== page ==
Allow Hedgehogs to Travel in Airplane Cabins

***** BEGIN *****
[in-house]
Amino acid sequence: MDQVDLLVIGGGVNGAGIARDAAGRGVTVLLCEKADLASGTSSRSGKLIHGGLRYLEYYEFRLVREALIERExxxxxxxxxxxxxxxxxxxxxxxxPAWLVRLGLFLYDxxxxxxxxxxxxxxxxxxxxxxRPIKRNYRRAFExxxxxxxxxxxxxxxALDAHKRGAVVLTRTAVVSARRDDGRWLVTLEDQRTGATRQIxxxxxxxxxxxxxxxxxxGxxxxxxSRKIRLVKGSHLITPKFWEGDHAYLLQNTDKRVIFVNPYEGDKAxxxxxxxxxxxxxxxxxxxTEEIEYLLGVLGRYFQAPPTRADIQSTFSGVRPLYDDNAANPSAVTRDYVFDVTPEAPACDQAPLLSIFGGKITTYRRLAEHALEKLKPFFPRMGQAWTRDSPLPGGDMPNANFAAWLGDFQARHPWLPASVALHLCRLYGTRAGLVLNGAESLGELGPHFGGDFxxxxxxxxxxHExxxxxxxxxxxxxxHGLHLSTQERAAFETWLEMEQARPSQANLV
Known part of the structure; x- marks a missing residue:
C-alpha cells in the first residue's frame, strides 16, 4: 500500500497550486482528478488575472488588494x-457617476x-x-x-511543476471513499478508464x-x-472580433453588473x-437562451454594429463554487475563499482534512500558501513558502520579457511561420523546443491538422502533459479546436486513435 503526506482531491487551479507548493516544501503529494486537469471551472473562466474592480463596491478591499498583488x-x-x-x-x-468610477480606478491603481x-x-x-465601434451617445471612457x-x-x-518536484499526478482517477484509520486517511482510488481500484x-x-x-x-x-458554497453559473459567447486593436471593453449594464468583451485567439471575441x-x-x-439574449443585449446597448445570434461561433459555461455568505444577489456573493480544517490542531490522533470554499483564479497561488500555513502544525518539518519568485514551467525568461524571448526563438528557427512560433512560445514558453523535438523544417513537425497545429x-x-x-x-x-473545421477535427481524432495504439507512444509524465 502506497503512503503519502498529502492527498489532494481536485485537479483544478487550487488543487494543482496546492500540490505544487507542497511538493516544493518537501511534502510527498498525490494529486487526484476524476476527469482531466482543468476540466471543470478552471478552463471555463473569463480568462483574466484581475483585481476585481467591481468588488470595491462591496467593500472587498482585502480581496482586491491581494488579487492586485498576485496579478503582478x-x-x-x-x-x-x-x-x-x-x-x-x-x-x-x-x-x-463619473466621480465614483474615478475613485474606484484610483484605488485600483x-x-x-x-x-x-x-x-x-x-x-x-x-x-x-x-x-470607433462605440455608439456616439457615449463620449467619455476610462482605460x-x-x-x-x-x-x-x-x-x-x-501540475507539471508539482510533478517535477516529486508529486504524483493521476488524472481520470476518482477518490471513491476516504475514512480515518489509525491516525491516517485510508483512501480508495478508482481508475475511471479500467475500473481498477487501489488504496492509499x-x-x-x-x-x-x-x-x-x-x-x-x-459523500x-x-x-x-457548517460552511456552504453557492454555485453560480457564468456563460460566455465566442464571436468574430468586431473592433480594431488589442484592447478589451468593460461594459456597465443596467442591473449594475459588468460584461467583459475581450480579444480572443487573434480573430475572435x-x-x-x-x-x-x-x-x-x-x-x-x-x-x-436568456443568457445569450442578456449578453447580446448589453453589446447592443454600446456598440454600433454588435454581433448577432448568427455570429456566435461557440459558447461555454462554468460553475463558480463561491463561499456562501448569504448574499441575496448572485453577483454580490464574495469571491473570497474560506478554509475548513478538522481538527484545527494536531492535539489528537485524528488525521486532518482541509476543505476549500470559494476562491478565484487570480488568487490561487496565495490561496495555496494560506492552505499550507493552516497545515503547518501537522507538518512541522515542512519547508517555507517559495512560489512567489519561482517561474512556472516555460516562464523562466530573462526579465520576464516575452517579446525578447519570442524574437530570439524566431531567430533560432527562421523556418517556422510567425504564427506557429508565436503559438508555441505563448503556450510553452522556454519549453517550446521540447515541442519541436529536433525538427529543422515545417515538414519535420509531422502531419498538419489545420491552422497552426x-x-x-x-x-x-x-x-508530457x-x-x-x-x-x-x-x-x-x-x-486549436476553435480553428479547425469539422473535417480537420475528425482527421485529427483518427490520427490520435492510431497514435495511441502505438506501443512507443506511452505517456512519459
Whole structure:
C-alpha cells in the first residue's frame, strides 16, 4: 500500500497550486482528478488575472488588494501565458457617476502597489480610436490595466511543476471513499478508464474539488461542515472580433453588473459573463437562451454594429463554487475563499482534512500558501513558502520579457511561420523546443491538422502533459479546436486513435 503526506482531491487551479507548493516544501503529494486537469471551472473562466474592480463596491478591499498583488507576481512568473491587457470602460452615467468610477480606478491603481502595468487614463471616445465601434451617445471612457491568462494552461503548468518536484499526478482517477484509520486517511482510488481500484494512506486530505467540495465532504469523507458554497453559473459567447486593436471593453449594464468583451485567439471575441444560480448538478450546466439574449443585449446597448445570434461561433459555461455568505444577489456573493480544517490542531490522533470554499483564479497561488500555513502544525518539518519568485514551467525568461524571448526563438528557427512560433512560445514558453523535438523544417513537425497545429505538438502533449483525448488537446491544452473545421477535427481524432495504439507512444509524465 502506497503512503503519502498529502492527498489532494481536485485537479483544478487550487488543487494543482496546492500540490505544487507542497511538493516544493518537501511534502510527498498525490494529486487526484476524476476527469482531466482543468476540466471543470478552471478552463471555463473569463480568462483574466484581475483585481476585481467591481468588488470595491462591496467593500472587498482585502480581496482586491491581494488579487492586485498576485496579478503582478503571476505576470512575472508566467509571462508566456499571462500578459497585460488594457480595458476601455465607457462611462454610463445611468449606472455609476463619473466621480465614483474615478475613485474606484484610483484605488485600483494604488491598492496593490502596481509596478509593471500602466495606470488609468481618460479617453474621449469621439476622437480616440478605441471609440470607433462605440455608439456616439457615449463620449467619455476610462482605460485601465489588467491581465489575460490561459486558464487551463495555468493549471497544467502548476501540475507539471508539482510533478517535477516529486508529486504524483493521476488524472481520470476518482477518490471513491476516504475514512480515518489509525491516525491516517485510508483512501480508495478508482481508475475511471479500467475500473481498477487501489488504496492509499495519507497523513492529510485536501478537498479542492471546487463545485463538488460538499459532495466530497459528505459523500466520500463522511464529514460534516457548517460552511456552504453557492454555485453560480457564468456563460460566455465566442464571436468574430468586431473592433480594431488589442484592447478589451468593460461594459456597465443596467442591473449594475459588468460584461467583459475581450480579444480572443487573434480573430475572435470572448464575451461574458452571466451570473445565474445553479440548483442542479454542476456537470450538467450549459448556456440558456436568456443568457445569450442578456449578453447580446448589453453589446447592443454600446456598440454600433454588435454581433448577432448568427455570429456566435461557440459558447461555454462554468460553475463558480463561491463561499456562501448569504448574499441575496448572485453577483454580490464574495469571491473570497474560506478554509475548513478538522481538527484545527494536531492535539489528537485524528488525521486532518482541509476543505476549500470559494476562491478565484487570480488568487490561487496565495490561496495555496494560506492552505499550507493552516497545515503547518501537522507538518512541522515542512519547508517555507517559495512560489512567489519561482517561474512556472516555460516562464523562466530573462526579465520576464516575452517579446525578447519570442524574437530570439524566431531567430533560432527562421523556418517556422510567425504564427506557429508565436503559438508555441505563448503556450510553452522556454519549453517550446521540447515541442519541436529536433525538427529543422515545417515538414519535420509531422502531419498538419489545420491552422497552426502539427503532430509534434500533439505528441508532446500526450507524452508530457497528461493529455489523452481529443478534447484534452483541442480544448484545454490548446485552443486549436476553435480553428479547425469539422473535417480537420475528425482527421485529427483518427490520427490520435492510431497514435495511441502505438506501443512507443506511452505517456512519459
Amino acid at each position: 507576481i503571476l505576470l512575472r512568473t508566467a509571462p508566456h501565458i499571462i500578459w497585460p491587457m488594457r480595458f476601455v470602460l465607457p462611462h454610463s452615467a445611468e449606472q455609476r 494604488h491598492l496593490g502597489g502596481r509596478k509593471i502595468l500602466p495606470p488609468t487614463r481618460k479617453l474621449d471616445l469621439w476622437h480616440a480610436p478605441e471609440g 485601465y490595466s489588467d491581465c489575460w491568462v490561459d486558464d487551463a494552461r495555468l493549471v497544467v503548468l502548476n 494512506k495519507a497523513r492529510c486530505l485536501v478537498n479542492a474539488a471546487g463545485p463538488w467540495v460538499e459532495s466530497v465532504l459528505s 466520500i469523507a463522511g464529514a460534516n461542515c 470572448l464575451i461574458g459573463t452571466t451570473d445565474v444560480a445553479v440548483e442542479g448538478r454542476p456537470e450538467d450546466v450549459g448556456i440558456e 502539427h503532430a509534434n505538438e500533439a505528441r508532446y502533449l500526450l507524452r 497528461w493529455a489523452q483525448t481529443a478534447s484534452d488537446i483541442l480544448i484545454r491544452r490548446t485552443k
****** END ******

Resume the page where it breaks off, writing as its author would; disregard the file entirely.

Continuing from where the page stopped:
We are petitioning that WestJet and other applicable airlines allow the transport of hedgehogs in the cabins of commercial airplanes. WestJet policy on transporting animals by plane states that hedgehogs are allowed to travel in cargo only, NOT in the cabin. Animals that are allowed to travel in the cabin are limited to: dogs, cats, rabbits and birds. According to several answers provided by WestJet in July 2011, the reasons for this are: a) that hedgehogs are exotic, and b) that hedgehogs are considered rodents, and are thus likely to chew through a soft-sided carrier, and c) being small, if they are likely to chew through a carrier, they will be able to get away more easily than a larger animal. This policy is based on inconsistencies and on incorrect assumptions about hedgehogs. 1. Yes, hedgehogs are exotic animals. However, so are many breeds of dogs and cats, and so are all birds... but they are all allowed to travel in the cabin. In addition, unlike many birds, hedgehogs are not subject to any exotic diseases that can ever be transferred to humans. 2. Hedgehogs may be small, but many birds are much smaller, as are many rabbits (such as dwarf rabbits), which does not prevent birds or rabbits from travelling in the cabin. 3. Hedgehogs are NOT rodents. Rodents are of the order of mammals Rodentia, characterized by two continually growing incisors in the upper and lower jaws which must be kept short by gnawing. In other words, rodents have to chew constantly. Hedgehogs are NOT rodents. They are of the order Erinacoemorpha. They do NOT have incisors. They do NOT continually chew (in fact, they don't chew anything other than their food). In fact, their teeth are fairly fragile, meant to chew small insects. Hedgehogs have trouble chewing dried fruit, so to gnaw through an animal carrier will be absolutely, entirely impossible for a hedgehog. Rabbits, on the other hand, while not rodents, have continually growing incisors and have to constantly chew in order to wear them down. Rabbits, despite this, are allowed in airplane cabins. 4. Hedgehogs are exceptionally sensitive animals. Temperature lower than 73 degrees Fahrenheit/ 23 Celsius can cause them to go into hibernation. When a domestic hedgehog goes into hibernation, it will die. It is impossible to wake them up, and they starve to death. Temperatures higher than 83 Fahrenheit/ 28 Celsius can cause heat stroke, which is also deadly. In other words, there is a narrow margin of temperature in which hedgehogs can survive. On flights, especially long flights, the possible fluctuation of temperature in the animal cargo compartment is too uncertain and can cause too much temperature stress to a hedgehog. For the safety and health of these little animals, they need to have the option of travelling in the cabin, where their owner can monitor and regulate their temperature. 5. Hedgehogs are completely quiet, almost entirely hypoallergenic, usually travel on fleece bedding (as opposed to shavings), and have minimal to no odor. Cats, dogs, birds and rabbits can be loud, have fur, and are much messier than hedgehogs. Yet, they are allowed to travel in the cabin while hedgehogs are not. To summarize, there is no reason why hedgehogs should not be allowed in the cabin. We, the undersigned, are petitioning that WestJet and other applicable airlines allow the transport of hedgehogs in the cabin of commercial airplanes. They are NOT rodents, they can travel safely in a soft-sided carrier, they are quiet, clean and almost entirely hypoallergenic. If animals are guests too, then we trust that you will change your pet policy to allow hedgehogs to travel in the cabin. Thank you.